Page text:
On February 9th, the Daily Illini at the University of Illinois published the controversial cartoons of Mohammed that have exploded into a world-wide Muslim protest against the right to free speech. The original publishers of these cartoons are hiding in fear of their lives. Embassies are being set on fire. Hundreds of thousands of Muslims world round are calling for the deaths of those who created and printed the cartoons. TU sent the following letter to the Daily Illini, thanking them for their stance in support of free speech. It was published in the print version of the paper on February 13th.
To the Editor:
Allow me to express my strong support for the Daily Illini‘s courageous decision to print controversial cartoons of Mohammed.
I am disappointed to see that the Chancellor of the University of Illinois does not share my opinion. He writes that ?the right to publish incendiary material does not mean a publication must publish that incendiary material?.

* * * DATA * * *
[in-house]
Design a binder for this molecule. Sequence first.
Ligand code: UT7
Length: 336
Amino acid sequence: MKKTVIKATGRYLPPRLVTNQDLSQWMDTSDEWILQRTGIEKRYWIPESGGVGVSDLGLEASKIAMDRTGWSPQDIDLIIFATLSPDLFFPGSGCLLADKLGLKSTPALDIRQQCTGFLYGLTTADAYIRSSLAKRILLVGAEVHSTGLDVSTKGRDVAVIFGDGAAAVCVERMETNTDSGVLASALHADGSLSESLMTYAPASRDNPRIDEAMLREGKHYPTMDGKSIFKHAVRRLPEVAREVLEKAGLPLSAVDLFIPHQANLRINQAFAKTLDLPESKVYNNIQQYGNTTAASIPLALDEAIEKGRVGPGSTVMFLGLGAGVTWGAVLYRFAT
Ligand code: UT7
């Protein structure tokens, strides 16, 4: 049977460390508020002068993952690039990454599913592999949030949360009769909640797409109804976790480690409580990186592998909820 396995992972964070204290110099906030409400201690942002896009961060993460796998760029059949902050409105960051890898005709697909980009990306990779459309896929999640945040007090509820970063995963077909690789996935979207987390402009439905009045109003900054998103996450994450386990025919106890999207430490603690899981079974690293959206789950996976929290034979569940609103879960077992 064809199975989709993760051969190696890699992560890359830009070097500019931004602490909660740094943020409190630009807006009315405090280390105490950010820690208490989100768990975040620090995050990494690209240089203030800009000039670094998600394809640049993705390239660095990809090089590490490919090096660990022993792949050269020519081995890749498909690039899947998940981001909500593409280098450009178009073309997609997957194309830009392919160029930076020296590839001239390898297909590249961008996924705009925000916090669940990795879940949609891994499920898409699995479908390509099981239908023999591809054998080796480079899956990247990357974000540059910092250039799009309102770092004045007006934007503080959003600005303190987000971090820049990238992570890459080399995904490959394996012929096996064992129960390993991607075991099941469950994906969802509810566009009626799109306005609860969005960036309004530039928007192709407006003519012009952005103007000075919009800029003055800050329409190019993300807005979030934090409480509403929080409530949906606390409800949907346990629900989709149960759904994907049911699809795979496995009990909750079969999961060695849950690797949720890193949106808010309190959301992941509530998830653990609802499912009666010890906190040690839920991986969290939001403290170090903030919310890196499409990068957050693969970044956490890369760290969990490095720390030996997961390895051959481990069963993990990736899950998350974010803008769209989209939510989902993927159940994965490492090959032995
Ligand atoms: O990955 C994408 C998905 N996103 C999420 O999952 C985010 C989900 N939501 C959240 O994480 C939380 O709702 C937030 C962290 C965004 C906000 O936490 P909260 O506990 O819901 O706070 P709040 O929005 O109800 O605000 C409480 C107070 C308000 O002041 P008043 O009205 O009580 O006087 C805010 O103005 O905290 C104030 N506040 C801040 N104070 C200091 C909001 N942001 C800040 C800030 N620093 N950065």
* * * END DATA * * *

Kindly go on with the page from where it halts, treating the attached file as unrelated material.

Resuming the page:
Such views are the biggest threat to free speech in our own society. Like our political leaders, the Chancellor apologizes for our freedom of speech, appeases those who bully us into surrendering that freedom?in short, curtails freedom the second it is deemed offensive.
The Chancellor does not outright say that the Daily Illini has no right to free speech. He simply suggests it would be more prudent not to exercise it. He is wrong. When the right to speak is threatened, as the politicians who apologize for it threaten it today, it is then that strong assertions of that right are crucial. If we appease those who threaten us, we are lost. If we qualify the right to free speech, the right ceases to exist. As human beings, our right to speak is not effaced when someone wants us silenced. We have that right always, undyingly, and in principle.
In response to the Chancellor I ask: how better to proclaim the right to speech than to express it in the strongest way possible? What better way to support a hounded editor from Denmark than to re-assert the very action that has won him undeserved hatred and threats against his life?
The Daily Illini, faced with those who attacked the right to speak, as well as those who buckled under that attack, chose to assert that it would not buckle, nor would it abandon a basic principle of freedom. For that, I say, ?thank you?.
Editor, The Undercurrent